Kim told me that today is Star Trek Day! I had to be honest that I had to look up what exactly that was. So you are also most likely asking, “What is Star Trek Day?”
Answer: On September 8th, CBS All Access is holding an all-day streaming event to commemorate the 54th anniversary of the premiere of the original Star Trek television show. https://www.startrek.com
So today is the perfect day for Kim’s video review of William Shatner’s memoir Memories:
Author: William Shatner
Published: April 21, 2009
Reviewed By: Kim
Kim’s Rating: 4 stars
A living pop culture legend and one of American film and television’s most enduring stars, William Shatner will forever be associated with the role of James T. Kirk, captain of the starship Enterprise. Star Trek Memories is Shatner’s classic behind-the-scenes look at the legendary series that continues to put forth movies, books, and series spin-offs decades after the last episode aired. A television phenomenon that suffered from shaky ratings from its first broadcast in 1966 through its entire run, Star Trek nevertheless exploded into a worldwide, billion-dollar industry. Avid Trekkers who were onboard at the launch, as well as fans of the later Trek incarnations, will be delighted with this eye-opening, eminently fascinating “captain’s log” from James Kirk himself.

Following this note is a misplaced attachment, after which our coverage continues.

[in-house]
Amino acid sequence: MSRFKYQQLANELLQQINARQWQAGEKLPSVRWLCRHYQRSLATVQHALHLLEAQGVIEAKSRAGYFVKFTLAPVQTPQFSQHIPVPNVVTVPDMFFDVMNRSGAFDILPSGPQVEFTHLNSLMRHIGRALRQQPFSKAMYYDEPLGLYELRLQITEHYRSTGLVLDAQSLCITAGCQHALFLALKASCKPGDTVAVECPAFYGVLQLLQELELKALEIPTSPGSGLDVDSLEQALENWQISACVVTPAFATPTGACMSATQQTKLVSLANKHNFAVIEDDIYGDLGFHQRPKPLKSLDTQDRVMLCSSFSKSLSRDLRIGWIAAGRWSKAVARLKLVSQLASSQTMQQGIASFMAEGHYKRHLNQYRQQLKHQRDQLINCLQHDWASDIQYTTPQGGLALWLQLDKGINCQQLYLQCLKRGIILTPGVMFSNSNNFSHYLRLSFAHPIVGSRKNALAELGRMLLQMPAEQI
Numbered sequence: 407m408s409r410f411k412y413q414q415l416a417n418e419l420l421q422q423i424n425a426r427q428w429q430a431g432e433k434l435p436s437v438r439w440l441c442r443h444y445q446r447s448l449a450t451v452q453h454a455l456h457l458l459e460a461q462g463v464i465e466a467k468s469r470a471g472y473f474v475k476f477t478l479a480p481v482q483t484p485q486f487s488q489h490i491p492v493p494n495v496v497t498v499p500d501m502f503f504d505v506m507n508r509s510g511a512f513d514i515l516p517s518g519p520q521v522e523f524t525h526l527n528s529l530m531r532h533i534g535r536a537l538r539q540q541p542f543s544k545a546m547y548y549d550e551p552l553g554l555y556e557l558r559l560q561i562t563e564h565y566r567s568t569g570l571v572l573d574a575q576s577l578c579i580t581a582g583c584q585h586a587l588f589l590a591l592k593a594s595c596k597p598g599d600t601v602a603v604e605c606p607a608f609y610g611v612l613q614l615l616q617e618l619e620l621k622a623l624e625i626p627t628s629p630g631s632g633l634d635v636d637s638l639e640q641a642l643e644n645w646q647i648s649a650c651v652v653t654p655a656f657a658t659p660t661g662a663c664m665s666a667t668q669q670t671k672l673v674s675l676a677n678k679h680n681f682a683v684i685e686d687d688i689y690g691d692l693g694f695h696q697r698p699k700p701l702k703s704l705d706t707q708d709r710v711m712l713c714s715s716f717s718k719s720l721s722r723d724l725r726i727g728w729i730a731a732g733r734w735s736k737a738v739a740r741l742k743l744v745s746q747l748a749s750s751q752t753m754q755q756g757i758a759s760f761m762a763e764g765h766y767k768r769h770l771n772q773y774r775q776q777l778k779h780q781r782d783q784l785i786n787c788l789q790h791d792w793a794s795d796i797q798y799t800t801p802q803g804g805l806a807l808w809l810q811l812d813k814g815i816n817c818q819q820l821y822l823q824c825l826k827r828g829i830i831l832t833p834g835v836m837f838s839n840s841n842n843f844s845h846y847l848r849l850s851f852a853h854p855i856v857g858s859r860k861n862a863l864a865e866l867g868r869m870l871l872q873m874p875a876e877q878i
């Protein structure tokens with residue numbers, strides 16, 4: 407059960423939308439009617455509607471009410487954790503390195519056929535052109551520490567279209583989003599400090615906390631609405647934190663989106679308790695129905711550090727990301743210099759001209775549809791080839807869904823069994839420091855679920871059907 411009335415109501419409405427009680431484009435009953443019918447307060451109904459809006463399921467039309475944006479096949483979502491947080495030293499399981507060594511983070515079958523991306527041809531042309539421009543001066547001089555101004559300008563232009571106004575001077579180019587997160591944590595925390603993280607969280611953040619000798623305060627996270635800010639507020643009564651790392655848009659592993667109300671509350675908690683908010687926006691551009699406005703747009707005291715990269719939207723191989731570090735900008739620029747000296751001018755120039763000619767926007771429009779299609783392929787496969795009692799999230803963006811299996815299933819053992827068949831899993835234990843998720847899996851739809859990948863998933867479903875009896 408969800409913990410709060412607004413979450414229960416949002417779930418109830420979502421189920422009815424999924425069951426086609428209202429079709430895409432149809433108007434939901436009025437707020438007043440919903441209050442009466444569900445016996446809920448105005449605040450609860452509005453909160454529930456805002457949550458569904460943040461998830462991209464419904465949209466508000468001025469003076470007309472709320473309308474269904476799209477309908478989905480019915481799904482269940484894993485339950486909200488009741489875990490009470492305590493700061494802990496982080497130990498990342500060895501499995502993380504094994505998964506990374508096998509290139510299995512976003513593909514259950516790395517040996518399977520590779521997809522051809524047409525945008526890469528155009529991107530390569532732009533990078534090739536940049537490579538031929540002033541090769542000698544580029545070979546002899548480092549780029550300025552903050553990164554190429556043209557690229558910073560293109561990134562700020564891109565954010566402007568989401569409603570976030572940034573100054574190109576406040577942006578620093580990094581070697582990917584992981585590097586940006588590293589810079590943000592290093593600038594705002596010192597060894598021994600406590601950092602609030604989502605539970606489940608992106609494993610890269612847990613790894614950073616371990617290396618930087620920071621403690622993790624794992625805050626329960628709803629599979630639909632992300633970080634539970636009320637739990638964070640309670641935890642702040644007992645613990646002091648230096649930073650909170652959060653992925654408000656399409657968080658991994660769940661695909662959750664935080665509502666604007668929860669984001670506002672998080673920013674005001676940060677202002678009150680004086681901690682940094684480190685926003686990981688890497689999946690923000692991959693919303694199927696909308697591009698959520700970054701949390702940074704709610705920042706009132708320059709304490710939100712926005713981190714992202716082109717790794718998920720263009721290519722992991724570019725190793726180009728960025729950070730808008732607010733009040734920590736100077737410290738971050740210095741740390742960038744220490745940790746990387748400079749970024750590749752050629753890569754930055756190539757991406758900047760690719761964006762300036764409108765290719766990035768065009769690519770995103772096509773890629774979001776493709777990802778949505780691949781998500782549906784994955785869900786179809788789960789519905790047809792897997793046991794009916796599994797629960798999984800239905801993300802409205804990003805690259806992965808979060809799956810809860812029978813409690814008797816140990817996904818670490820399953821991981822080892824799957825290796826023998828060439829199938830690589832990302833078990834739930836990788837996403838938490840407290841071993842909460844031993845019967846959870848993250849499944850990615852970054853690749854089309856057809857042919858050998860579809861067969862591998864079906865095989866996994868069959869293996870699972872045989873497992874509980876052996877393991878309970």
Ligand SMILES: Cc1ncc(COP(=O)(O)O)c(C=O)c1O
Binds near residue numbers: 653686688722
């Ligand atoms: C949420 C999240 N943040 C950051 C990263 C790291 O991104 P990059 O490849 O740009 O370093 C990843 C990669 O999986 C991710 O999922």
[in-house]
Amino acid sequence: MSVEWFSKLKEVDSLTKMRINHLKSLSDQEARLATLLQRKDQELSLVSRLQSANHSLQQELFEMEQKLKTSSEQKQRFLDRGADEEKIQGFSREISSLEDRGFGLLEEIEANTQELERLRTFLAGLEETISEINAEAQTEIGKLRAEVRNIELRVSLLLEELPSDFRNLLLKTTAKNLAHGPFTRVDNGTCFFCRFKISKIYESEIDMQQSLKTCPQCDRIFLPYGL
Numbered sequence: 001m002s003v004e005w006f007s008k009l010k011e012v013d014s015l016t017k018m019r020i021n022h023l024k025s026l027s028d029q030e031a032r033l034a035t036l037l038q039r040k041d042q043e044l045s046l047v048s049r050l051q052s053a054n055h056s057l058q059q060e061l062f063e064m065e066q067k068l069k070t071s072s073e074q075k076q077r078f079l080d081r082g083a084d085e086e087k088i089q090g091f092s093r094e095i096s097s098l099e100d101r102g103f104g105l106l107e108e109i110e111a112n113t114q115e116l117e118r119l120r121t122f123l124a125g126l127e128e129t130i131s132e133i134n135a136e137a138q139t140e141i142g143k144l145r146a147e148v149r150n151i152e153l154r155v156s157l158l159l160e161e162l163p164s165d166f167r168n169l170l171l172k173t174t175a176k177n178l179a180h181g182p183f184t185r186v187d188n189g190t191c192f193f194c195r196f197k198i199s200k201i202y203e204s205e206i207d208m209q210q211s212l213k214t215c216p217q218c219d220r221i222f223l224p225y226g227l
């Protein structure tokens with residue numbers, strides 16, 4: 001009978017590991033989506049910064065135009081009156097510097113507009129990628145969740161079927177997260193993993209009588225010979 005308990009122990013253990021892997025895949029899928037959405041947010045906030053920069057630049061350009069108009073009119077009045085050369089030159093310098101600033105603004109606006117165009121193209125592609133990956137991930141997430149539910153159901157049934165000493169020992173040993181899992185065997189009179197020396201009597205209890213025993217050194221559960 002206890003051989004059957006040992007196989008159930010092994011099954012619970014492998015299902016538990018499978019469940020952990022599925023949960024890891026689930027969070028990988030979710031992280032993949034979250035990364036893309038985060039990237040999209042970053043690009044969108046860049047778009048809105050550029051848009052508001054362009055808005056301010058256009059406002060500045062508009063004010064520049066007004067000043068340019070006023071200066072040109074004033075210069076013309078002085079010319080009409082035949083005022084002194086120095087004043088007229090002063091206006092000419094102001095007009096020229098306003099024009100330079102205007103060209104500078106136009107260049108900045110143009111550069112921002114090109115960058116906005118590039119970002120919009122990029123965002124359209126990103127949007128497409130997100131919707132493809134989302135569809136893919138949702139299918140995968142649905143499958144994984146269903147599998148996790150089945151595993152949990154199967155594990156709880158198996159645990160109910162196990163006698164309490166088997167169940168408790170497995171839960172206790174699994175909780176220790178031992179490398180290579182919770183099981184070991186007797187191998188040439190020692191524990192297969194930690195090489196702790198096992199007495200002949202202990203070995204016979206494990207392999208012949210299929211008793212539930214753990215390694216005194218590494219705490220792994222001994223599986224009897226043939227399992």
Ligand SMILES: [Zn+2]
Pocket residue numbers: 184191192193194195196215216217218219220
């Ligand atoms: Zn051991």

Kim’s Video Review:
Maid: Hard Work, Low Pay, and a Mother’s Will to Survive
Author: Stephanie Land
Narrator: Stephanie Land
Published: January 22, 2019
Reviewed By: Jessica
Dates Read: June 17-24, 2020
Jessica’s Rating: 3.5 stars
“My daughter learned to walk in a homeless shelter.”
While the gap between upper middle-class Americans and the working poor widens, grueling low-wage domestic and service work–primarily done by women–fuels the economic success of the wealthy. Stephanie Land worked for years as a maid, pulling long hours while struggling as a single mom to keep a roof over her daughter’s head. In Maid, she reveals the dark truth of what it takes to survive and thrive in today’s inequitable society.
While she worked hard to scratch her way out of poverty as a single parent, scrubbing the toilets of the wealthy, navigating domestic labor jobs, higher education, assisted housing, and a tangled web of government assistance, Stephanie wrote. She wrote the true stories that weren’t being told. The stories of overworked and underpaid Americans.